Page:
- Precision medicine driven by machine learning offers the promise of tailored, individualized treatment, improved patient outcomes, and better overall population health.
However, the promise of precision medicine is often overshadowed by the data challenges that can accompany it. Many healthcare organizations that are excited by the prospect of precision medicine still struggle not only to access patient data, but also to generate the actionable insights necessary for individualized care.
The American Heart Association’s (AHA) Institute for Precision Cardiovascular Medicine is working to overcome these challenges and accelerate solutions for cardiovascular diseases.
AHA is partnering with the Duke Clinical Research Institute (DCRI) to develop and test machine learning methods on AHA’s cloud-based Precision Medicine Platform, which allows researchers from all over the world to collaborate and access big data assets.
“The AHA Precision Medicine Platform acts as a data marketplace,” explained Jennifer Hall, PhD, chief of the AHA Institute for Precision Cardiovascular Medicine.
“It was developed to give researchers the tools they need to succeed in today’s environment, and that means really breaking down the walls to siloed data sets and making them available to every researcher to accelerate discoveries.”
Instead of requiring collaborators in different institutions to download the same datasets and analyze them separately, the Precision Medicine Platform allows researchers to access secure shared workspaces in the cloud and connect with collaborators simultaneously.
“We’ve created a platform where the researcher goes to the data,” Hall said. “You and I could collaborate on an analysis of a particular set of data in the cloud today together, and then we’d know where the latest version was. We could both see the analysis.”
“This type of platform has become a very powerful tool in today’s environment, and something that we all need to accelerate science forward.”
Researchers also have the option of bringing their own data into their secure workspaces to share with their teams, Hall added.
“It’s plug-and-play. You can plug your own data in there. It’s only seen by you and your collaborators, and you can merge that with other data we have on the platform.”
In addition to data access, AHA and DCRI are working to provide researchers with cutting-edge analytical tools that will further enhance precision medicine exploration.
There are currently over 80 analytical tools available within the platform, and the partnering organizations are planning to create even more.
“The strategic alliance that we’ve made with Duke is so important, because we have the experts who have the deep knowledge of all of the artificial intelligence and machine learning tools that are available. The partnership allows the American Heart Association and Duke to come together to create new tools that are not even available today,” Hall said.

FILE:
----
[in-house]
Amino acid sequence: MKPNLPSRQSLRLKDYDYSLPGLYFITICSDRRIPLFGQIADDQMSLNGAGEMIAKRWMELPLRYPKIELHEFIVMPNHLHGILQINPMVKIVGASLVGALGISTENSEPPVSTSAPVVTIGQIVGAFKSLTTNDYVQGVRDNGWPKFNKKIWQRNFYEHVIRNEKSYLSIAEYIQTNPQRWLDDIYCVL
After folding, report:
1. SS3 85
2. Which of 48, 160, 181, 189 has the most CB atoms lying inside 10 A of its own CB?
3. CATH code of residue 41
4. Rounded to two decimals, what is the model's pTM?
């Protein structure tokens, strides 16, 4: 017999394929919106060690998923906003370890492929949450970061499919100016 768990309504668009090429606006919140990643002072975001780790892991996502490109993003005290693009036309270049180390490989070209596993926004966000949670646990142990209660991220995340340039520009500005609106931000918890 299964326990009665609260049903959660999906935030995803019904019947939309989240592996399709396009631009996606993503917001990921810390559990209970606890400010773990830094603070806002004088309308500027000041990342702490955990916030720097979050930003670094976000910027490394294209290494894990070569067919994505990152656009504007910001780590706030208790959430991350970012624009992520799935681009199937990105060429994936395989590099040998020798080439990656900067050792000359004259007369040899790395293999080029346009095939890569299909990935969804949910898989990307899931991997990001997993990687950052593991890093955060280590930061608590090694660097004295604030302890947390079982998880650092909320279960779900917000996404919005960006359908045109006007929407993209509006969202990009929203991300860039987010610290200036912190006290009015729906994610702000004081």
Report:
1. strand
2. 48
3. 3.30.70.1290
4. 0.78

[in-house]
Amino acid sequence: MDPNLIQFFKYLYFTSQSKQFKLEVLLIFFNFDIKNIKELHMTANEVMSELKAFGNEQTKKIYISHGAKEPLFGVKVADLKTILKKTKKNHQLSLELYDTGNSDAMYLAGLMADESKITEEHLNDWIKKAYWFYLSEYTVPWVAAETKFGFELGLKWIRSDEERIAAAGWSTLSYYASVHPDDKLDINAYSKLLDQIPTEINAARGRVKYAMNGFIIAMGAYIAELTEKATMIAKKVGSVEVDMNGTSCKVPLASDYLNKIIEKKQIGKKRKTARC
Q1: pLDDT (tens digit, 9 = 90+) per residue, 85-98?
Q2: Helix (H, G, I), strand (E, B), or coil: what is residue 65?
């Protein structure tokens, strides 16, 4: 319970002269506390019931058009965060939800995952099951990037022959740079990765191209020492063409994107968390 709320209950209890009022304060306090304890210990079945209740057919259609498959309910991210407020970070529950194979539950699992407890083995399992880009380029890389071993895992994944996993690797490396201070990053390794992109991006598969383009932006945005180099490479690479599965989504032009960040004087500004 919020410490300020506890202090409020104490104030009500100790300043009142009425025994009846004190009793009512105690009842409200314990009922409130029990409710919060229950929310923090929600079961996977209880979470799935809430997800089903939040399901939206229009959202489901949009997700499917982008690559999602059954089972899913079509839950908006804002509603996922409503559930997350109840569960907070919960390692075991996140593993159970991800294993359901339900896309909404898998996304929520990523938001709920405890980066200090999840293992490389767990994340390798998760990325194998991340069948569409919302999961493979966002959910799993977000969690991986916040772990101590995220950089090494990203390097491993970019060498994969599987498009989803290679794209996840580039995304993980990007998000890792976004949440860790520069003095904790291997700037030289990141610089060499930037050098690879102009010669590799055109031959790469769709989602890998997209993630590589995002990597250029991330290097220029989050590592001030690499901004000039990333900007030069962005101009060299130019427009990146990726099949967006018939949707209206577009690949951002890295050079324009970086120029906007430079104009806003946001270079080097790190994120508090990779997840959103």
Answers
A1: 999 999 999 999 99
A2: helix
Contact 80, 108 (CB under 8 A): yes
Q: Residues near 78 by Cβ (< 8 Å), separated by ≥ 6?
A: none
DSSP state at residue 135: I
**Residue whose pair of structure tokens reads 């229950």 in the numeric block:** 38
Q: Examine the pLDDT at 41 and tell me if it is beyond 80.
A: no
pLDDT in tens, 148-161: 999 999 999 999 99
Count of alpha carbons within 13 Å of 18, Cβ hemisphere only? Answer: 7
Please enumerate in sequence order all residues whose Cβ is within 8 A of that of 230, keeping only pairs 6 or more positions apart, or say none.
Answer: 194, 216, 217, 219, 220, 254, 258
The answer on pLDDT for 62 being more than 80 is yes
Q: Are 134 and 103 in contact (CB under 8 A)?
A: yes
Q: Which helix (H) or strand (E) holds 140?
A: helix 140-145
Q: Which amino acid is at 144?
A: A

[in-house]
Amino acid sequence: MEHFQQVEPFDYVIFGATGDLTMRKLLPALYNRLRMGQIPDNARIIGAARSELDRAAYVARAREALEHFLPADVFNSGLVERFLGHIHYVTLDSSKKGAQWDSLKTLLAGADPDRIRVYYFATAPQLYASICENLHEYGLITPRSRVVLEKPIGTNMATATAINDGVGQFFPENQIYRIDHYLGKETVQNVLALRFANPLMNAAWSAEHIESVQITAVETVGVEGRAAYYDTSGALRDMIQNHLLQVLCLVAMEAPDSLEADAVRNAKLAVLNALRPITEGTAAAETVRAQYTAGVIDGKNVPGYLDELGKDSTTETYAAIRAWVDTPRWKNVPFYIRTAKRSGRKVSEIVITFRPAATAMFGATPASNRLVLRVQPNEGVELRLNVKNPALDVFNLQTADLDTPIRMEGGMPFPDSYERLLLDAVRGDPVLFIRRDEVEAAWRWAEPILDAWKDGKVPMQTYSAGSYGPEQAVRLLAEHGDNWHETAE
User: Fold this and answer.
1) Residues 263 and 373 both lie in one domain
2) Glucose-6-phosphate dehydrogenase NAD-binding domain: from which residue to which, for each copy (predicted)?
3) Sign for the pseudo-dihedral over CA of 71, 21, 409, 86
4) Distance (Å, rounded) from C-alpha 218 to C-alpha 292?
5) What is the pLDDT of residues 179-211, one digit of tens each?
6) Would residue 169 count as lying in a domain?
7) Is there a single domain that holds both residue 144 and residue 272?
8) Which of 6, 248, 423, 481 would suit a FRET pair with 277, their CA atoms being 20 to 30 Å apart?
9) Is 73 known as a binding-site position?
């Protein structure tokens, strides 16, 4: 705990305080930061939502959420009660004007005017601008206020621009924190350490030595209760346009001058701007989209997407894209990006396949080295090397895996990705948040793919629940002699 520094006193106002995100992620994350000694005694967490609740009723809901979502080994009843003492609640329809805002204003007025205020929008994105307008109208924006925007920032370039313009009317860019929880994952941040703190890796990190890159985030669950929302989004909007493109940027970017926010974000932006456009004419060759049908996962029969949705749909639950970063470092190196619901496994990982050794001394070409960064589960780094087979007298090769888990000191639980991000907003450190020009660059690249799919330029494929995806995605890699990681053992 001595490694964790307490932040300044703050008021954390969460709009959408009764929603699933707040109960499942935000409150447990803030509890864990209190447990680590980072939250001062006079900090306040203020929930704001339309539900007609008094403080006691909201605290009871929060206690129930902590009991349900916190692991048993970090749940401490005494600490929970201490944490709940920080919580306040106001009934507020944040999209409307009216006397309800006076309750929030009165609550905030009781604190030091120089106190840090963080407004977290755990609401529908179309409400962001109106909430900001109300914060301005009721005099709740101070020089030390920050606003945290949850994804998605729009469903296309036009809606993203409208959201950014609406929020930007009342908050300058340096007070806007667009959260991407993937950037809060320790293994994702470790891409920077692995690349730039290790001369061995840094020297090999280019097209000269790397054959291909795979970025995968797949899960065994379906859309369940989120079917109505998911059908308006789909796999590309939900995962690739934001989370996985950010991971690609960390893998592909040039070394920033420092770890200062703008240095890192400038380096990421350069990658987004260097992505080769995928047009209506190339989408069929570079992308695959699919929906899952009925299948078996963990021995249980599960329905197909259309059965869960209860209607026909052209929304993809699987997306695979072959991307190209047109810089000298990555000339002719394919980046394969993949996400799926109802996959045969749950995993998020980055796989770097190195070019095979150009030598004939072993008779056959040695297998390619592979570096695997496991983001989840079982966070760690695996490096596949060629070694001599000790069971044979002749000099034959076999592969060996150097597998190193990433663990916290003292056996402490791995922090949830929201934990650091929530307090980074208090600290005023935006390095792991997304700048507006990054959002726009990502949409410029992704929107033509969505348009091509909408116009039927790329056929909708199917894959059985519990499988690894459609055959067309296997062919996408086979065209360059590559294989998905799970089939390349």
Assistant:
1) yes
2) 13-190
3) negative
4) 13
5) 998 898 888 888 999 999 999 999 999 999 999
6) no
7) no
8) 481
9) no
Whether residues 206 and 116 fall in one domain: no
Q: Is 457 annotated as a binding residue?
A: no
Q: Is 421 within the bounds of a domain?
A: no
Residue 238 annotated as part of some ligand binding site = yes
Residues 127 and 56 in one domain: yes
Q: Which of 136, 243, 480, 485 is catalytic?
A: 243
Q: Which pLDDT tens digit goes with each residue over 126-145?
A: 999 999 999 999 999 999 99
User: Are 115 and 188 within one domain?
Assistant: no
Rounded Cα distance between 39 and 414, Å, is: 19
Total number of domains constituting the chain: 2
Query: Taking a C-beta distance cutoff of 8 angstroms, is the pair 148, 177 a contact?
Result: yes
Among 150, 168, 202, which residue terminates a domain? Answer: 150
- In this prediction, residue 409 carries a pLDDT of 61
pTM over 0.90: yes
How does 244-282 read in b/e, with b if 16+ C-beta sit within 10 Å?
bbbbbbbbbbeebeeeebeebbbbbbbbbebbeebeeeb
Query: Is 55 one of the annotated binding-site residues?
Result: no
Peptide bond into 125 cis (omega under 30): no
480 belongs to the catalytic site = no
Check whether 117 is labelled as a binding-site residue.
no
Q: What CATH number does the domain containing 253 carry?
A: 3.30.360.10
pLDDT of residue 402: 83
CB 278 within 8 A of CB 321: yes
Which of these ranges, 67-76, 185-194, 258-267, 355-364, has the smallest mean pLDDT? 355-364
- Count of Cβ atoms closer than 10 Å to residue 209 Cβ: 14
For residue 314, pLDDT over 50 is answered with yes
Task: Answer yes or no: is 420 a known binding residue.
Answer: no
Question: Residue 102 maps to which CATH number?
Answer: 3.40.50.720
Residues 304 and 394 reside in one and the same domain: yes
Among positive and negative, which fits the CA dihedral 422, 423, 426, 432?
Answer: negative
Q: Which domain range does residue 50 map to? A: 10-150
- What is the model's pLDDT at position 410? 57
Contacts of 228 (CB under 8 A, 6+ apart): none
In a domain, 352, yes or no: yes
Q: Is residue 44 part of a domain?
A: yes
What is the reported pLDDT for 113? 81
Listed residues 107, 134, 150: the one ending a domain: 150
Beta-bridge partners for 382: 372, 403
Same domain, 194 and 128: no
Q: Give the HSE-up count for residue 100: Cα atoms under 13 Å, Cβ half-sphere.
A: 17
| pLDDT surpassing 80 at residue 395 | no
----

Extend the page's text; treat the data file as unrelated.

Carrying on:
Artificial intelligence and machine learning are showing promise in a number of clinical areas, such as detecting sepsis and identifying breast cancer. AHA and DCRI will be providing necessary infrastructure to support even more innovations and breakthroughs, said Hall.
“There is great potential in machine learning and other artificial intelligence methods to discover new insights. There are new findings showing that retina scans are an early predictor of heart disease, for example, and we never would have had that information before had we not been able to pool all this data together and bring artificial intelligence and machine learning to the table,” Hall said.
Cloud computing plays an important part in that discovery, she said.
“Cloud computing is able to analyze data at a faster pace, and when we’re talking about the billions and billions of data points that we’re using for these types of machine learning and artificial intelligence programs, we really need that kind of power,” said Hall.
Access to the Precision Medicine Platform is free, she added. After signing up, a user will receive a login name and password. Researchers can use their own workplace for a modest per-hour fee.
“You just sign in and you’re on your way to analyzing data, searching across different data sets, and using the tools in the Precision Medicine Platform that come with that workspace to help you analyze those datasets,” Hall said.
AHA and DCRI expect to improve data access and utilize the benefits of the cloud with the Precision Medicine Platform. By enabling faster data sharing and analysis, the platform will allow researchers to accelerate advancements in precision medicine.
“We’re just trying to provide a work space for people to collaborate, as well as to provide the tools,” Hall stated.
“We’re extremely happy to be working with Duke Cardiovascular Research Institute, and we’re really looking for this to accelerate our field in cardiovascular disease and stroke research.”